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Top Ten tips to getting your first job/internship

The summer is almost here and many of you will be on the hunt for summer placements, or starting to look for your first jobs.  There is, of course, a need to have time to kick back and enjoy the summer too, but don’t put this off or the best opportunities will be gone. 

Firstly, why do an internship or work experience? For three main reasons:

  1. You will be building your CV with experience more valuable than solely retail and babysitting jobs.
  2. You will be meeting people in the industry you’ve set your sights on, and those will become part of the network that you’ll need later on. – when hundreds of other people are applying for the same jobs, knowing someone who works at the firm already can be a great door opener – although you’ll need your own skills and nuance to get the job!
  3. It is a great way to try something out and make sure that what you think you want is right for you.  You might wind up hating it.  Or you might discover that there’s a specific path within that industry that you want to pursue.

Here are our top tips to get your first step on the ladder and to start building the skills and experience you need for your future career.

1. Personalise your cover letter

It can be tempting to write a boilerplate cover letter and use it for every application.  While this may save time in the short term, it may not do you any favours.  Companies want to know why you want to work with them, so do your research before you write.  Make your cover letter as specific as you can.  Tell the hiring manager why you are a perfect fit for the position and the company, what you hope to learn from the specific position, and how your skills make you a unique candidate – even if you don’t have a ton of experience.  Focus on why you are a fit for the position and not just why you love the company.  Tell them what you bring to the table.

2. Start early (but it’s never too late)

Some industries recruit for internships and graduate programmes almost a full year in advance, but don’t give up hope if you are just getting to this now.  Smaller companies without rigid internship programmes are more flexible, so don’t panic if you get a late start.  Check out a couple of the opportunities members of the Reigatian network have told us about that probably aren’t on any job sites here

3. Use resources available to you

If you are at Uni, you probably already know that your career office is a great first stop – there may be some companies recruiting directly through their office because the hiring manager (or more senior) is an alumnus, and again, don’t forget about the Reigatian network.  Careers offices can also advise and edit your CV and help you prepare for interview.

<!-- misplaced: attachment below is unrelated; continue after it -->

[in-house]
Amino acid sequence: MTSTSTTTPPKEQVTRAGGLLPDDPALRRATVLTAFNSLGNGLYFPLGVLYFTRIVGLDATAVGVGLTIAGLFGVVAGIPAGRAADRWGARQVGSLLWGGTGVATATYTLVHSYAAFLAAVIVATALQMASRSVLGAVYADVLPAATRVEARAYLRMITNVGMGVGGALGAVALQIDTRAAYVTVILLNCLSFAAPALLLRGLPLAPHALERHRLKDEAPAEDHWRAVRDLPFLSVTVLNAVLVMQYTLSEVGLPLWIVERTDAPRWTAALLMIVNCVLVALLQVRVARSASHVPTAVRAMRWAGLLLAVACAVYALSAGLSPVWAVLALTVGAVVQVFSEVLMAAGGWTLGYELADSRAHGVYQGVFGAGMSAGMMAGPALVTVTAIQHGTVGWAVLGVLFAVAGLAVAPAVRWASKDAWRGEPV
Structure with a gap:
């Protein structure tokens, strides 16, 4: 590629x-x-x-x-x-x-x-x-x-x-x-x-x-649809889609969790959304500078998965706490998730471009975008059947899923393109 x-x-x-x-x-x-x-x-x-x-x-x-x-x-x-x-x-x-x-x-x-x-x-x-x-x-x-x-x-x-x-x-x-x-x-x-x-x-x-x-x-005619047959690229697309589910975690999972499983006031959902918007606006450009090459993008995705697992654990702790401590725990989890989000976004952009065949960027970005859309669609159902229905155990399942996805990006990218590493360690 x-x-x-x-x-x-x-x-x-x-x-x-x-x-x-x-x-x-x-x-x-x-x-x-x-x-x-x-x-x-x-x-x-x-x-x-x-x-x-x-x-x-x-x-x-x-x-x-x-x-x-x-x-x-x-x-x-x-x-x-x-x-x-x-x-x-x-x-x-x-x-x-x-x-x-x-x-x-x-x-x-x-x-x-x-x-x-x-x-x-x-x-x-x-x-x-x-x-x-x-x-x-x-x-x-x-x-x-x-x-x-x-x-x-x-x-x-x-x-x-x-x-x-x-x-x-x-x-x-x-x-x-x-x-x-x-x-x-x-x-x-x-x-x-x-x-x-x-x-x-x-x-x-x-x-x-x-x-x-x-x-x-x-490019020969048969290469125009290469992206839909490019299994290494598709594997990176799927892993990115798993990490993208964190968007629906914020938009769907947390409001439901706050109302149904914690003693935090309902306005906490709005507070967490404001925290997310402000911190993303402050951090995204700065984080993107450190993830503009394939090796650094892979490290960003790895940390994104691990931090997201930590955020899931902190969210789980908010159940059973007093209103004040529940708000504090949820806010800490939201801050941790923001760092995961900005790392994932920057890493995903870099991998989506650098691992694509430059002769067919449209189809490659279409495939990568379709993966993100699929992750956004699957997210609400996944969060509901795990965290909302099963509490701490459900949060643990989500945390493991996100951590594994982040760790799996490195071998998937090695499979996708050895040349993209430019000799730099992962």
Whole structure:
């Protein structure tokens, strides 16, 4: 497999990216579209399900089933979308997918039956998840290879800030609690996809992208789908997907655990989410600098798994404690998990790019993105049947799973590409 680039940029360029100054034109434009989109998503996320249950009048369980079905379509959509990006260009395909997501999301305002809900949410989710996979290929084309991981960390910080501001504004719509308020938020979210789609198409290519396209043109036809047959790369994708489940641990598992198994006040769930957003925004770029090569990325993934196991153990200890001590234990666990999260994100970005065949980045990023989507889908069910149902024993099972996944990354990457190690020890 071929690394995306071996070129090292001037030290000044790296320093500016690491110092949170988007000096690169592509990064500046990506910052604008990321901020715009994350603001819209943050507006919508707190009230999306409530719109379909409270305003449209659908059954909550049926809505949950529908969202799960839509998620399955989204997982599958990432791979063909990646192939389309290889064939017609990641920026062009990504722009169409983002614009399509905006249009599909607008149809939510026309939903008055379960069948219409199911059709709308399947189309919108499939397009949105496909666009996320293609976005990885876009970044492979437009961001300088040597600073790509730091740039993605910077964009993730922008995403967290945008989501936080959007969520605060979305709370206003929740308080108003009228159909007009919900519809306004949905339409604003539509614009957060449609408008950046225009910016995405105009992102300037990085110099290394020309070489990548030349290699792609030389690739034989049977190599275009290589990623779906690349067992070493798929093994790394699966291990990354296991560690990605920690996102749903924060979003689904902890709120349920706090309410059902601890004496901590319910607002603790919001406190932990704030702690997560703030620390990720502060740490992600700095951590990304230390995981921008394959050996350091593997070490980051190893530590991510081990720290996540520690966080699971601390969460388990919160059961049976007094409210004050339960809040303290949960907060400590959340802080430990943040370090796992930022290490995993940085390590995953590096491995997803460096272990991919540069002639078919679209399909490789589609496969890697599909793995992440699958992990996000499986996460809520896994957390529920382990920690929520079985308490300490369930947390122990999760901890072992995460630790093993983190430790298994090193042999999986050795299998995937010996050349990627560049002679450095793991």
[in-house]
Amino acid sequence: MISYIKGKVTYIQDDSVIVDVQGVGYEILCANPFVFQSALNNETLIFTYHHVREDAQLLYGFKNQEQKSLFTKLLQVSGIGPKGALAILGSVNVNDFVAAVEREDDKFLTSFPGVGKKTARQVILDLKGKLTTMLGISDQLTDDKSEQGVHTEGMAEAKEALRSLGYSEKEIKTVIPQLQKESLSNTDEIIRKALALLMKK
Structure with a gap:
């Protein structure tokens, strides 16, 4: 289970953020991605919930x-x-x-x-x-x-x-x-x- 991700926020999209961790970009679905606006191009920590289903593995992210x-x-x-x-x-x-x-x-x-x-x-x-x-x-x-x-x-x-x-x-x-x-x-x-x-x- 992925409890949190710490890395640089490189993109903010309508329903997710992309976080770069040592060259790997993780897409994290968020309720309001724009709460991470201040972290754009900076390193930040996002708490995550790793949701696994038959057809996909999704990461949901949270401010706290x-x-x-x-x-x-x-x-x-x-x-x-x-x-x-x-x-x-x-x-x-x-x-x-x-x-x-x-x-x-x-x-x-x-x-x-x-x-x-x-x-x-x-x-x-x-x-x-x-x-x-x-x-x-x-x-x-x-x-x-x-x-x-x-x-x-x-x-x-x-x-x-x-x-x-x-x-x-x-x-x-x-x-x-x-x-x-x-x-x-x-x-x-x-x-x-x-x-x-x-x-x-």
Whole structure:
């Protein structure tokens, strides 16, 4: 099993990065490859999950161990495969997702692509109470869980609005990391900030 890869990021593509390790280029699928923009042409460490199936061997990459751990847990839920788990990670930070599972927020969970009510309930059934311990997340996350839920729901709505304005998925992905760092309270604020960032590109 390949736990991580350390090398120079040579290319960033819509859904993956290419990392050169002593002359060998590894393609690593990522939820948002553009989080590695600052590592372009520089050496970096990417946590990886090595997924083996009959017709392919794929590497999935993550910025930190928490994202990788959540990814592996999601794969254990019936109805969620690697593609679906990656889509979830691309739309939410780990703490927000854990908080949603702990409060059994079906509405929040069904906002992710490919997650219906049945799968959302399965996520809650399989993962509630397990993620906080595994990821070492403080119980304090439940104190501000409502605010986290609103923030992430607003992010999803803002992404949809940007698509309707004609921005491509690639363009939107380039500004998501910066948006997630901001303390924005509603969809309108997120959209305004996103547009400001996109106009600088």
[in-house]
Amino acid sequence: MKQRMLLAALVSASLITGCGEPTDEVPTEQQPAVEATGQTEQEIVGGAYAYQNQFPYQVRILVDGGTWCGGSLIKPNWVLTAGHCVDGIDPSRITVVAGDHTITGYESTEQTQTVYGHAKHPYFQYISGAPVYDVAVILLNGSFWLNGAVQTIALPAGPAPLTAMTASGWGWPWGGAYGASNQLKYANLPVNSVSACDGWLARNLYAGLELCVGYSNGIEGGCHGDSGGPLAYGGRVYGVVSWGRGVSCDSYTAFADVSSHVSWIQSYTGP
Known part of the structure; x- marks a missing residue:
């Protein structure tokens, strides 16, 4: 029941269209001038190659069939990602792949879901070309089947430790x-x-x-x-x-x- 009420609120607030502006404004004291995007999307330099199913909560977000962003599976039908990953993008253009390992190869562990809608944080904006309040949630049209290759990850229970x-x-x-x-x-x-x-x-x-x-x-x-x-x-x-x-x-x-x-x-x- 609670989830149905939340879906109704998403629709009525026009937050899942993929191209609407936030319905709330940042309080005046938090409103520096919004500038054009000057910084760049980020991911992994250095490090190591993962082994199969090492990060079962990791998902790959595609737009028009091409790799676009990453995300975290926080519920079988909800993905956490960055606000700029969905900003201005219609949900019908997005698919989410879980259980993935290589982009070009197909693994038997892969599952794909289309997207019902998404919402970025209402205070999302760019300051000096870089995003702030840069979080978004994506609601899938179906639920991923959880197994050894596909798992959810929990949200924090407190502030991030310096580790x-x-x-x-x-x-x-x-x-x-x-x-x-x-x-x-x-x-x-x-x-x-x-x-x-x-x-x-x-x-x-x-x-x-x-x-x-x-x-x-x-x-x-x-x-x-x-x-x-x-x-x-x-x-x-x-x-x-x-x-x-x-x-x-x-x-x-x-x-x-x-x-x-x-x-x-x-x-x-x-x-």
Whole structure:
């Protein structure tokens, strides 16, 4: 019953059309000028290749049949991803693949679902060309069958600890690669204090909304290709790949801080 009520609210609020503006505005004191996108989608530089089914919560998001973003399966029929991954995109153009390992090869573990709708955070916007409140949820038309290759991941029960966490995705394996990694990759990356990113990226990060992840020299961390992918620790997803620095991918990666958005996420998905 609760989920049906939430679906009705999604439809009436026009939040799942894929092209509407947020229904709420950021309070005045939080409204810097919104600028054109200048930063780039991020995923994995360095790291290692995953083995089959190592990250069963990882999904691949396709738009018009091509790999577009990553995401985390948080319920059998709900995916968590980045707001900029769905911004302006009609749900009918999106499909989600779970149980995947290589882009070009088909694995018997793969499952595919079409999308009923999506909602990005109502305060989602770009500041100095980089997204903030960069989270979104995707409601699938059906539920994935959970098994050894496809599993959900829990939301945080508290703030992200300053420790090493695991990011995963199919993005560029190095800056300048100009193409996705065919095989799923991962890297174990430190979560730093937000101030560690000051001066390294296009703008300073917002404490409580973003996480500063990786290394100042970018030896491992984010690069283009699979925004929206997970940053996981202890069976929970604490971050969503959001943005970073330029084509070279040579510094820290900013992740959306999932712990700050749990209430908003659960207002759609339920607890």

4. Search jobs boards

There are the big job-search sites, like Indeed and LinkedIn, and there are other industry or role specific sites too.  If you are looking for an internship or role in a certain industry, it is good to look at more specialised jobs boards.  For example, charityjob for nonprofits, TES for teaching.

5. Learn to network

LinkedIn is one of the most important tools that anyone starting to look for a job can possibly leverage.  Start by searching on a company you would love to work at and join the RGS Professionals Group to find those who went to RGS who either work there now or used to.  Connect to them and add a note to your connection request for a short 30-minute conversation.  You can ask them what they do and what they like about the company.  After you have the conversation online or in person, you can ask if they know of any opportunities or if they wouldn’t mind being mentioned if you end up applying for something there.

6. Consider smaller companies

As you’re searching on, you can also see where people who work at your dream company end up working next, and where perhaps they started out. Some cut their teeth or end up in smaller or less well-known firms that could have opportunities for you.  So don’t just think about the big, famous brands, they don’t necessarily make for the best experiences of actually learning real things that will help you down the road.

7. Look for paid internships first

Offering unpaid positions used to be a standard for highly competitive industries, but luckily, laws and progressive thinking have caught up. A bonus is that because they’re paying, they make sure to give them work to do, too.

8. Get a grant for an unpaid internship

Unfortunately, there are still some places (particularly charities/non profits) that only offer unpaid positions.  You could get a second job to help support you, or you could apply for a grant to help cover your expenses.  Some universities offer these grants, as do some industries.

9. Keep tweaking your CV

Don’t think you can just download a CV template from the internet and send it off everywhere without another thought. Keep tailoring your materials to the roles you actually want.  Make the most of the experience that you have and big up the things that are relevant for the role you want (but keep it real!).

10. Check out some more opportunities:

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